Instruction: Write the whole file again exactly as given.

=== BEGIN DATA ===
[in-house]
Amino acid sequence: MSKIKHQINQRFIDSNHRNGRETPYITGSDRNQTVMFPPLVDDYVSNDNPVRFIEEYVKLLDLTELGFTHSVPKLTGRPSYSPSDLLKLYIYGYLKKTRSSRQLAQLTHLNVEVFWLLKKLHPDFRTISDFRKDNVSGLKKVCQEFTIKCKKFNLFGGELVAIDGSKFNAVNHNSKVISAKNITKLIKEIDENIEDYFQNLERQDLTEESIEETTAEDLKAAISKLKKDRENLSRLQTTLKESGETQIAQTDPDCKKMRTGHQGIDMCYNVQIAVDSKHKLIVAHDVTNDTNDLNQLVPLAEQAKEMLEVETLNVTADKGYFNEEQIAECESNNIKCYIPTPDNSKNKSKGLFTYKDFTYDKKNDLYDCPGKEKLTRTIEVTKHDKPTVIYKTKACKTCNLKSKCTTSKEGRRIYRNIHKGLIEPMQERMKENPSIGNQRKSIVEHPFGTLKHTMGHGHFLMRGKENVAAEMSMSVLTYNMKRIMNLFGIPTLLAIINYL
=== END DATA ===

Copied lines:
[in-house]
Amino acid sequence: MSKIKHQINQRFIDSNHRNGRETPYITGSDRNQTVMFPPLVDDYVSNDNPVRFIEEYVKLLDLTELGFTHSVPKLTGRPSYSPSDLLKLYIYGYLKKTRSSRQLAQLTHLNVEVFWLLKKLHPDFRTISDFRKDNVSGLKKVCQEFTIKCKKFNLFGGELVAIDGSKFNAVNHNSKVISAKNITKLIKEIDENIEDYFQNLERQDLTEESIEETTAEDLKAAISKLKKDRENLSRLQTTLKESGETQIAQTDPDCKKMRTGHQGIDMCYNVQIAVDSKHKLIVAHDVTNDTNDLNQLVPLAEQAKEMLEVETLNVTADKGYFNEEQIAECESNNIKCYIPTPDNSKNKSKGLFTYKDFTYDKKNDLYDCPGKEKLTRTIEVTKHDKPTVIYKTKACKTCNLKSKCTTSKEGRRIYRNIHKGLIEPMQERMKENPSIGNQRKSIVEHPFGTLKHTMGHGHFLMRGKENVAAEMSMSVLTYNMKRIMNLFGIPTLLAIINYL